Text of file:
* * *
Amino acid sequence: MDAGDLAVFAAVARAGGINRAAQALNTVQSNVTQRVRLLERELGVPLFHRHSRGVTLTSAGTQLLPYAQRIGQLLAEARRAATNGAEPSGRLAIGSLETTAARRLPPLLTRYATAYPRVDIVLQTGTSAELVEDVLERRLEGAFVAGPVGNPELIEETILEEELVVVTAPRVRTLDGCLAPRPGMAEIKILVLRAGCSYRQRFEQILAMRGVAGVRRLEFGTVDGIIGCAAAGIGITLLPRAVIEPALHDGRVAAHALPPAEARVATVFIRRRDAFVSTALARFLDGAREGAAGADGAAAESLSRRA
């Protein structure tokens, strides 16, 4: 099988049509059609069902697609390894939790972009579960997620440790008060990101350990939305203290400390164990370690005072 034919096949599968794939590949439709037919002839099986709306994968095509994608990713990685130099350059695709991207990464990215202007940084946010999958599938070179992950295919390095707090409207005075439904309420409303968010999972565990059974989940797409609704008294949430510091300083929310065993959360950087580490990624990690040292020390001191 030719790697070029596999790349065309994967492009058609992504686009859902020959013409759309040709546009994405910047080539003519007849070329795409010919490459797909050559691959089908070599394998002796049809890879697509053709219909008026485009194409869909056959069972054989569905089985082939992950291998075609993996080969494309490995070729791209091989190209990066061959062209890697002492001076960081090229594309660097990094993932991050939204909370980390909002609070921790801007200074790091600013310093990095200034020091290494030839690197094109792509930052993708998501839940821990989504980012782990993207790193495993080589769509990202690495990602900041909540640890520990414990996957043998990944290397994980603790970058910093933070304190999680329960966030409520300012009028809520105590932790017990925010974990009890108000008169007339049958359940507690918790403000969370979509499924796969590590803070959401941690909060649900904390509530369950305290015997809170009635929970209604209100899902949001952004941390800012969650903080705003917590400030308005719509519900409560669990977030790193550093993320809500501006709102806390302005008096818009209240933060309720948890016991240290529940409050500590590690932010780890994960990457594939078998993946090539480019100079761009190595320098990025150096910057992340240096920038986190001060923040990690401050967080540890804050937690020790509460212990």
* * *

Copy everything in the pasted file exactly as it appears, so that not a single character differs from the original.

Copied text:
Amino acid sequence: MDAGDLAVFAAVARAGGINRAAQALNTVQSNVTQRVRLLERELGVPLFHRHSRGVTLTSAGTQLLPYAQRIGQLLAEARRAATNGAEPSGRLAIGSLETTAARRLPPLLTRYATAYPRVDIVLQTGTSAELVEDVLERRLEGAFVAGPVGNPELIEETILEEELVVVTAPRVRTLDGCLAPRPGMAEIKILVLRAGCSYRQRFEQILAMRGVAGVRRLEFGTVDGIIGCAAAGIGITLLPRAVIEPALHDGRVAAHALPPAEARVATVFIRRRDAFVSTALARFLDGAREGAAGADGAAAESLSRRA
């Protein structure tokens, strides 16, 4: 099988049509059609069902697609390894939790972009579960997620440790008060990101350990939305203290400390164990370690005072 034919096949599968794939590949439709037919002839099986709306994968095509994608990713990685130099350059695709991207990464990215202007940084946010999958599938070179992950295919390095707090409207005075439904309420409303968010999972565990059974989940797409609704008294949430510091300083929310065993959360950087580490990624990690040292020390001191 030719790697070029596999790349065309994967492009058609992504686009859902020959013409759309040709546009994405910047080539003519007849070329795409010919490459797909050559691959089908070599394998002796049809890879697509053709219909008026485009194409869909056959069972054989569905089985082939992950291998075609993996080969494309490995070729791209091989190209990066061959062209890697002492001076960081090229594309660097990094993932991050939204909370980390909002609070921790801007200074790091600013310093990095200034020091290494030839690197094109792509930052993708998501839940821990989504980012782990993207790193495993080589769509990202690495990602900041909540640890520990414990996957043998990944290397994980603790970058910093933070304190999680329960966030409520300012009028809520105590932790017990925010974990009890108000008169007339049958359940507690918790403000969370979509499924796969590590803070959401941690909060649900904390509530369950305290015997809170009635929970209604209100899902949001952004941390800012969650903080705003917590400030308005719509519900409560669990977030790193550093993320809500501006709102806390302005008096818009209240933060309720948890016991240290529940409050500590590690932010780890994960990457594939078998993946090539480019100079761009190595320098990025150096910057992340240096920038986190001060923040990690401050967080540890804050937690020790509460212990």